Diane Mantouvalos, creator of the feminist website HireHeels.com, reportedly said: “I’d say few if any Hillary supporters have warmed up to [Obama]…I certainly hope that changes by 2012, but it’s too late for women to feel like they’re doing better than they were three or four years ago.”

But Steinberg further suggests that Biden will not be completely forsaken – he could move in as the new secretary of state to supplant Hillary Clinton, who reportedly wants to step down even if Obama wins again.

Another analyst has a different spin on this topic -- former New York Republican Chairman William Powers recently told the New York Post that he thinks Obama will replace Biden with New York Gov. Andrew Cuomo, citing the governor’s triumphant legislative moves with the property-tax cap and gay marriage, among others.

"I don't think there's any doubt Obama is going to pick him as his running mate,” Powers told the Post. “The president is in trouble, and Biden doesn't bring anything to his ticket.”

The ex-mayor of San Francisco, Democrat Willie Brown, has also suggested Cuomo might get the nod.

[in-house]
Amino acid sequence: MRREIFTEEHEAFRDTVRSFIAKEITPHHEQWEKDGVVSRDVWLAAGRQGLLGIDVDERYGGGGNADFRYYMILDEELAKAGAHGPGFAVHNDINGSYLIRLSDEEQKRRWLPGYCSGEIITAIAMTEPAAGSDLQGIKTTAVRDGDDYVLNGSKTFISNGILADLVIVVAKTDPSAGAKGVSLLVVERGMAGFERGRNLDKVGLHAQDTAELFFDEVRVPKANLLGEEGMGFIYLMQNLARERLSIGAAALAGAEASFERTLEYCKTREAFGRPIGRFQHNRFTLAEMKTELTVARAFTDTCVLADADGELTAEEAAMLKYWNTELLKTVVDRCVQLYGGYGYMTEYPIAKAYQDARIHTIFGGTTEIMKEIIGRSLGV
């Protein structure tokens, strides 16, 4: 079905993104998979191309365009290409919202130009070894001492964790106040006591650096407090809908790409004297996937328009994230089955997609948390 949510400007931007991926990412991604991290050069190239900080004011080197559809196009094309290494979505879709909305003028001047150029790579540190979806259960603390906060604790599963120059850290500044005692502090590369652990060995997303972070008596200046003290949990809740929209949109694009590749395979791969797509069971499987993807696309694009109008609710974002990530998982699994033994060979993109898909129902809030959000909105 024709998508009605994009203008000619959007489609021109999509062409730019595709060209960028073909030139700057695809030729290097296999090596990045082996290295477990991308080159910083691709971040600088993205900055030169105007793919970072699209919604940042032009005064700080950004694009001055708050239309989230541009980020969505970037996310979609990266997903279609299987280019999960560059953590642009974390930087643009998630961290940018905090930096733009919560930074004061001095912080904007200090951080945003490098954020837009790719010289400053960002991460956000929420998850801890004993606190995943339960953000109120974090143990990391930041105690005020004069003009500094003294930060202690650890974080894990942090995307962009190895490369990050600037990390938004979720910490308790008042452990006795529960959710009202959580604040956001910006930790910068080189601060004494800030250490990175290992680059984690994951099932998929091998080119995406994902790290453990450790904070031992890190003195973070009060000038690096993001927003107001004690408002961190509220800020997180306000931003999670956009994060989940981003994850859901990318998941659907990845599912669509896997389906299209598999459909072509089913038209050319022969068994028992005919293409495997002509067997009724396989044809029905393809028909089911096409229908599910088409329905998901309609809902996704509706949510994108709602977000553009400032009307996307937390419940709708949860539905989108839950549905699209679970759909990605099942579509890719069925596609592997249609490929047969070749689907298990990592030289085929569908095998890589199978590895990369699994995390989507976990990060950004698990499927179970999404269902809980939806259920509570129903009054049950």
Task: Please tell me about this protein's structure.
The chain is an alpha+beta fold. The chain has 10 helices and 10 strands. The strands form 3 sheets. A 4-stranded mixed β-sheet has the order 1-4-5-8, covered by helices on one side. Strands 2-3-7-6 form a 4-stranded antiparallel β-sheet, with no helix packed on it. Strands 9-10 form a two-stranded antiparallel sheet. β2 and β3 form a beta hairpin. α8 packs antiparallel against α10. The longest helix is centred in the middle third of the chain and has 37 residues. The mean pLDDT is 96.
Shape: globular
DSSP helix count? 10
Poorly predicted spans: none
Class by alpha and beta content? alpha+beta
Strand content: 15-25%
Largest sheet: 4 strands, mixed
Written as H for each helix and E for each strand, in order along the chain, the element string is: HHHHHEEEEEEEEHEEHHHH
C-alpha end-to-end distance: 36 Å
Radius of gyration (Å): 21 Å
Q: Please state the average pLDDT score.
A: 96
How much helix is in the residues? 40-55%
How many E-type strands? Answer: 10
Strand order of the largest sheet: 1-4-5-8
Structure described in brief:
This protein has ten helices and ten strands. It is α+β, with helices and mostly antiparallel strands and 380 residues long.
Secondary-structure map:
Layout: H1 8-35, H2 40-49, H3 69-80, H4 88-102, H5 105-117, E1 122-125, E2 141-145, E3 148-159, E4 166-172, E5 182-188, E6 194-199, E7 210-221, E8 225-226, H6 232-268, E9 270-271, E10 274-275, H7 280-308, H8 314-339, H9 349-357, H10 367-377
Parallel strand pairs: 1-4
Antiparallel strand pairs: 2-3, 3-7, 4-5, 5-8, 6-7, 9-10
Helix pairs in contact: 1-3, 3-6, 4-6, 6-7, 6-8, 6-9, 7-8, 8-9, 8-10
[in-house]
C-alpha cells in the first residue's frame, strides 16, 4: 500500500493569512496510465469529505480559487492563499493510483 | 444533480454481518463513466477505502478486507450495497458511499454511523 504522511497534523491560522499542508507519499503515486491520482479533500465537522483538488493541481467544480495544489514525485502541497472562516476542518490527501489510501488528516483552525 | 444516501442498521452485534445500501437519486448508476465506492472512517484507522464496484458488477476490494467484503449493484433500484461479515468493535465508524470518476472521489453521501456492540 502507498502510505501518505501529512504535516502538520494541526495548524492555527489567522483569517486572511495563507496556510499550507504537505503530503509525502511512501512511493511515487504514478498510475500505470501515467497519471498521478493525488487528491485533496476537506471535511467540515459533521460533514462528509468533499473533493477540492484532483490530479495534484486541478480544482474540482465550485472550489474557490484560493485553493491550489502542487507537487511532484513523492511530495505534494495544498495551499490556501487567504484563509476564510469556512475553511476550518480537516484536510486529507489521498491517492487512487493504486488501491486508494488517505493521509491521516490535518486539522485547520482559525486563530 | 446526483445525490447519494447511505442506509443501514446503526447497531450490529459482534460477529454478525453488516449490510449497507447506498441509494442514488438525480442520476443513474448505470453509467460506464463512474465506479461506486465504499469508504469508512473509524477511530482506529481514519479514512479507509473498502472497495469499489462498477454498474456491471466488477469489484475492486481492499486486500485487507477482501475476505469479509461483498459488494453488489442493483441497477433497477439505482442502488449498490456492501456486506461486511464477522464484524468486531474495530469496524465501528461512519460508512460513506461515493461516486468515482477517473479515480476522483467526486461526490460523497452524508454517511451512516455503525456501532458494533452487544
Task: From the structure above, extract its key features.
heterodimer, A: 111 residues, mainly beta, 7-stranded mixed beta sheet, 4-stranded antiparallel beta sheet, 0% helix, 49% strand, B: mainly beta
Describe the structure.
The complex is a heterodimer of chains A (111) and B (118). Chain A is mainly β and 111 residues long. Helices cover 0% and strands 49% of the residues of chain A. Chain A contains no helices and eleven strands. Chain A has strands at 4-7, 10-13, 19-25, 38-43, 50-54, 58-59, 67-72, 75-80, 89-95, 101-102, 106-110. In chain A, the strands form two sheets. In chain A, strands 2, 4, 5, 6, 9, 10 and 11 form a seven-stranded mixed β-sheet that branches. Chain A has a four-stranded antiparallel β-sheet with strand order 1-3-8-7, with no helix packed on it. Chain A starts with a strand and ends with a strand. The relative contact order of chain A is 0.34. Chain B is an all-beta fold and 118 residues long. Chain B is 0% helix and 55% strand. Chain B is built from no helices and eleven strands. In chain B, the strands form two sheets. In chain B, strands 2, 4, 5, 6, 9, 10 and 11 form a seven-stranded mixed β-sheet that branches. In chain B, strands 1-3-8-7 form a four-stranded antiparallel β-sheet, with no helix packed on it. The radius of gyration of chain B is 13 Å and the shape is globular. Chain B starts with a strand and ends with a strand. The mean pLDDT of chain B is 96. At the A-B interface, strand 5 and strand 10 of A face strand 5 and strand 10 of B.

However, some political scholars are highly skeptical of the likelihood of such a scenario.

“There is zero chance of this happening,” said Jamie Chandler, a political science professor at Hunter College in New York City.

“Changing VPs would harm the president’s credibility. The 2012 election hinges on how voters perceive the president is handling the economy. A change in VPs would do nothing to improve that perception.”

Moreover, despite some criticism, Biden has many attractive qualities as a vice president.

“[President Obama] chose Biden in 2008 to balance the ticket with the foreign policy experience that he lacked,” said Chandler.

“Biden’s long tenure on the Senate Foreign Relations Committee contributed significantly to Obama’s candidacy. Biden is also a strong Senate insider – he has long experience with the key players – so Obama’s expectation was that this would be very helpful.”

Chandler added: “Basically, the Biden choice helped the president be a more credible candidate.”

In addition, Chandler noted, “his background and experience helps the president with a lot of behind-the-scenes activities required to negotiate legislative policy.”

“Biden also has a lot of credibility amongst many key special interests that the president needs for ongoing support (e.g. unions, business), and he provides strong input on foreign policy decisions, especially those related to Afghanistan and Iraq," citing Biden's role in planning the Osama bin Laden raid.